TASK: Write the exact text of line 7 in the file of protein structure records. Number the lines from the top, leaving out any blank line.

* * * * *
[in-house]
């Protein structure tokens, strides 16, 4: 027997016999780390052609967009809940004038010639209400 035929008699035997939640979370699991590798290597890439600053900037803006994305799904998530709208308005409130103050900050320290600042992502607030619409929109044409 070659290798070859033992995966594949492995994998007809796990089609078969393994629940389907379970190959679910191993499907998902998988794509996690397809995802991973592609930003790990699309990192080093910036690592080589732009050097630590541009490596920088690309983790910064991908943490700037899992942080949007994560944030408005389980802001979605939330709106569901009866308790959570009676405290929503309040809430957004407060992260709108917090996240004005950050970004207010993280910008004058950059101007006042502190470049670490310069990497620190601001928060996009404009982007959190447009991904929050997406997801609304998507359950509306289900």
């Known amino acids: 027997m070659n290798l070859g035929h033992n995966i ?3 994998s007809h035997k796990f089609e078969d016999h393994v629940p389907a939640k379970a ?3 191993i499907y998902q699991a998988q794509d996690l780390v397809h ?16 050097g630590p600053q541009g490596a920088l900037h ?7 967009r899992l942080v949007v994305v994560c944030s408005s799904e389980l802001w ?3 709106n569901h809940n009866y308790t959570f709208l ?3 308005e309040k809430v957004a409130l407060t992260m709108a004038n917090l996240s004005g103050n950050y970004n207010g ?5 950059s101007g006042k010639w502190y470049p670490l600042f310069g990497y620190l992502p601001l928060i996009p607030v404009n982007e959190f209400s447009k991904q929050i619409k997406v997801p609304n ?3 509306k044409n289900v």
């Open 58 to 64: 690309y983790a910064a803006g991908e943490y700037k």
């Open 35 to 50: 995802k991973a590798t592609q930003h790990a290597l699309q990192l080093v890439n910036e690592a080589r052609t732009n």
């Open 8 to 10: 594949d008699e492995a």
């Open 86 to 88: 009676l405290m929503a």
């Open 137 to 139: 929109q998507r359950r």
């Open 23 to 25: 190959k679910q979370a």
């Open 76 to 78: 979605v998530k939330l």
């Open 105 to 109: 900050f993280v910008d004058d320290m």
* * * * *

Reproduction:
């Open 86 to 88: 009676l405290m929503a």